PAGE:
... things finally get going for IE 6, patches and all, and then debate restarts ...

* #4726038 Posted by LPCA on July 12, 2011 some harsh reasoning provided by me, to remove IE 7 too
* #4728264 Posted by seutje on July 13, 2011 gives counter arguments
* #4728390 Posted by dddave on July 13, 2011 asks that IE 7 be made a separate discussion, which resulted in this issue

that's all i think

#77 ie7-followup-bartik-1217788-77.patch2.98 KBDavid_Rothstein
PASSED: [[SimpleTest]]: [MySQL] 33,310 pass(es). View
#71 remove_ie7_from_core.patch8.58 KBdroplet
PASSED: [[SimpleTest]]: [MySQL] 34,388 pass(es). View
#70 remove_ie7_from_core.patch7.91 KBdroplet
PASSED: [[SimpleTest]]: [MySQL] 34,386 pass(es). View
#67 remove_ie7.patch9.28 KBdroplet
FAILED: [[SimpleTest]]: [MySQL] 34,136 pass(es), 1 fail(s), and 0 exception(es). View
#66 remove-IE7-from-Core.patch6.96 KBdroplet
PASSED: [[SimpleTest]]: [MySQL] 34,138 pass(es). View
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lpalgarvio’s picture

reply for #174 Posted by seutje on July 13, 2011,
regarding #173 Posted by LPCA on July 13, 2011:

the explanation for IE 6 and beyond is quite raw and direct. that is why it is short.

the IE 5.5 explanation was just a prelude/preface to that, that is why it's big. if you read it again, you will notice it's more informal talk than technical arguments or facts.

i couldn't care less if my banks here in Portugal, like BCP, BES, CGD, Banif, etc, still use IE 6 and Windows 2000 / XP in their offices, servers and workstations. it's their problem. and they aren't going to be browsing much anyways, since they have web access very restricted/limited or unavailable even. their computers are mostly if not all for intranet usage only.

IMO, when market share drops bellow 10%, with signs that say it will keep dropping until it's close to nothing, then it's time to move. you don't want to bet on a dead or sick horse for a race.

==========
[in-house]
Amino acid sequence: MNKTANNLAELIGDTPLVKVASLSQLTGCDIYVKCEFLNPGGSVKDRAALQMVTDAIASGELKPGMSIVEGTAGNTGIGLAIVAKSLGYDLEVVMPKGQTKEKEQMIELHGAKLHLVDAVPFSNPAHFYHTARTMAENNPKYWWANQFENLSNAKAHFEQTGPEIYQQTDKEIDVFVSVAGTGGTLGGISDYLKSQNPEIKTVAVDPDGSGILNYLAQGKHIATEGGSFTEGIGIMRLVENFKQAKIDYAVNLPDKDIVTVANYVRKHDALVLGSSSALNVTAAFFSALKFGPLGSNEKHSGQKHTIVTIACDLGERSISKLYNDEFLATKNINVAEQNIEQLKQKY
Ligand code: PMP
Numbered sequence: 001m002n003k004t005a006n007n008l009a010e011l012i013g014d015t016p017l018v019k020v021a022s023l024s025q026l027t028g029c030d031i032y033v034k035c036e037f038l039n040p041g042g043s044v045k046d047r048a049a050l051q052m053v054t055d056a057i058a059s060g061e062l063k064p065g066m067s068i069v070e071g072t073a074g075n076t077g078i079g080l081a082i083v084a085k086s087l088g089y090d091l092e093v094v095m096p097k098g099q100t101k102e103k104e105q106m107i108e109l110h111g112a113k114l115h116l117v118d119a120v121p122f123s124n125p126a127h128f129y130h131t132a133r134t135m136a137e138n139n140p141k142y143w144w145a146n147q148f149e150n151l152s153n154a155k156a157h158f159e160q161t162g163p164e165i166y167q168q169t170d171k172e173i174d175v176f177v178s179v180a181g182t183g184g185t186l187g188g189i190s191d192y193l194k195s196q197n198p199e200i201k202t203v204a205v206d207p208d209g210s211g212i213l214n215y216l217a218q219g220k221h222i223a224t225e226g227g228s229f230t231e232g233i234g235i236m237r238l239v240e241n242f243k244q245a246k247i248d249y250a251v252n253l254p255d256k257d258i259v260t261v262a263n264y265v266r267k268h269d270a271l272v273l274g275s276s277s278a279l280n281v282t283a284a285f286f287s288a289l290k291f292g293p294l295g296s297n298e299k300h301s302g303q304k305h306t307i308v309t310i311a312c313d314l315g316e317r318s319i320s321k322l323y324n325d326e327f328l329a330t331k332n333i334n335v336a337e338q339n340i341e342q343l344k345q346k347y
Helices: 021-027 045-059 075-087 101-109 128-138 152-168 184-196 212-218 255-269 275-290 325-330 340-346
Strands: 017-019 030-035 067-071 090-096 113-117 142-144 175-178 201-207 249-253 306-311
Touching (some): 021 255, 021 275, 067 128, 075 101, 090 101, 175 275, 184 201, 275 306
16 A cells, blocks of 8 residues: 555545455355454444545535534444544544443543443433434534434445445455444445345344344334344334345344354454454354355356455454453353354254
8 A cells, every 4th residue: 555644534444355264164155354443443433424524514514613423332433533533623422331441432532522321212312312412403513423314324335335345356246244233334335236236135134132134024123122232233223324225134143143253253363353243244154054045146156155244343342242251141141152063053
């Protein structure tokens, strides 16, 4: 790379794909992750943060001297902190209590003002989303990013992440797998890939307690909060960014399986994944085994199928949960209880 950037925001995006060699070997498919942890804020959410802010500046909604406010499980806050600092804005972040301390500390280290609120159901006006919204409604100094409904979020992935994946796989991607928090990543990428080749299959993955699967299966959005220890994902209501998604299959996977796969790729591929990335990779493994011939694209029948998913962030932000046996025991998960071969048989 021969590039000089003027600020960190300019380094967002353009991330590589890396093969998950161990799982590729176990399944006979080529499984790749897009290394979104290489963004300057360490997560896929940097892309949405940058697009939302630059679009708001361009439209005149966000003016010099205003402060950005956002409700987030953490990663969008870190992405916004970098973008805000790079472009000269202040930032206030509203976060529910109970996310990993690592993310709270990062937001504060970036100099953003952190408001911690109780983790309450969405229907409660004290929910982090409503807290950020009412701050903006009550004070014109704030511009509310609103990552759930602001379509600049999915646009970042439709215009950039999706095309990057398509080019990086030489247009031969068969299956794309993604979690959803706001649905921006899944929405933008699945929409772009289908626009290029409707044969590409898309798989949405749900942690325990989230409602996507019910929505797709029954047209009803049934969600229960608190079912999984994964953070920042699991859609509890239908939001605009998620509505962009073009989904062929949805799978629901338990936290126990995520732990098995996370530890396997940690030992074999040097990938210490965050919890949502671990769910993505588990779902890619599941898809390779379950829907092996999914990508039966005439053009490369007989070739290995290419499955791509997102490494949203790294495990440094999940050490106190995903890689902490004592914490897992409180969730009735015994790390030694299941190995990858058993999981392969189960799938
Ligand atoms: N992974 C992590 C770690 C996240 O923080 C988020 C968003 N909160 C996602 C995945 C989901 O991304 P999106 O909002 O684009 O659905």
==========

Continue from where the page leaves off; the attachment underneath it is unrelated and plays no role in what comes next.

that's the case of IE 7 with just 7% share:
in 2 years from now will be close to nothing.

regarding the IE 6 <-> IE 7 differences, i've consulted this one and other similar studies in the past. my conclusions are the same, after re-reading them over and over.

for the most part, they added support for these in IE 7:
>, +, ~, attr, :hover, min/max-width/height, outline, overflow, text-overflow, position (partial), fixed multiple classes bug, PNG transparency
(didn't include all the things they only added partially)

i bet people praise that the PNG problem was finally fixed... when i started playing with PNGs years ago, i hated that problem.
also nice they added > selector, but i won't use it because IE 6 does not support it, so i don't want to duplicate CSS code.
and min/max height and width, really nice. unfortunately though, i still have to first try fix with height and width, before using that, because IE 6 is still biting me.

it's an improvement, for sure, and with IE 6 gone, it will be easier for everyone. maybe then i can use the things mentioned above.
but they left outside many CSS 2.1 selectors and declarations... and for many, at least 9 of them, it's still incomplete.
and what about the incomplete CSS3 selectors? like background-repeat and background-size? borders? rounded corners missing? correct gradients?

not to mention different behaviors, which are not more not less, than noncompliance with standards.

lpalgarvio’s picture -> very plausible -> plausible -> little unrealistic for now -> unrealistic -> a funny dream

geerlingguy’s picture

I, for one, vote for ditching IE7 in D8 core. According to Dries' D8 timeline, we won't be seeing a release until sometime in 2013 (most likely). By that time, IE7 will likely be hovering (and remaining) around 4-5% worldwide market share.

Heck, for a few of my sites, there are already more IE6 visitors than IE7... but if we're definitely dropping support for IE6 (see: #308865: Drop IE6 support in Drupal core), why not save ourselves half the hassle and also drop IE6? IE8, as far as JS and layout go, is simple to work with compared to 6/7.

Clean’s picture

We could considered the rise of mobile browsing and declined pc/laptop sales that will accelerated the end of IE7 within Dries' D8 Timeline. There're many news about projection from many specialist firms, I remembered I read it somewhere on , etc. We can get exact market prediction for sources.

This factor is play an important role in consumer side, IE7 quite irrelevent on mobile/tablet side already. US consumer spend more and more time browsing on those small screen devices, less and less on laptop/pc, but still no other demographic data but seem like things are going that way. So, the time Drupal 8 out, it's look like there's not much problem in consumer segment to drop IE7.

But the key factor is a lot Drupal users are organization. And it's an organization segment that is not clear and need informations as some comment stated. How could we have data on this side?

And Drupal 8 timing seem relevent to Windows 8 launch, which will shipped with IE10. That's 3 version ahead IE7 out of the box.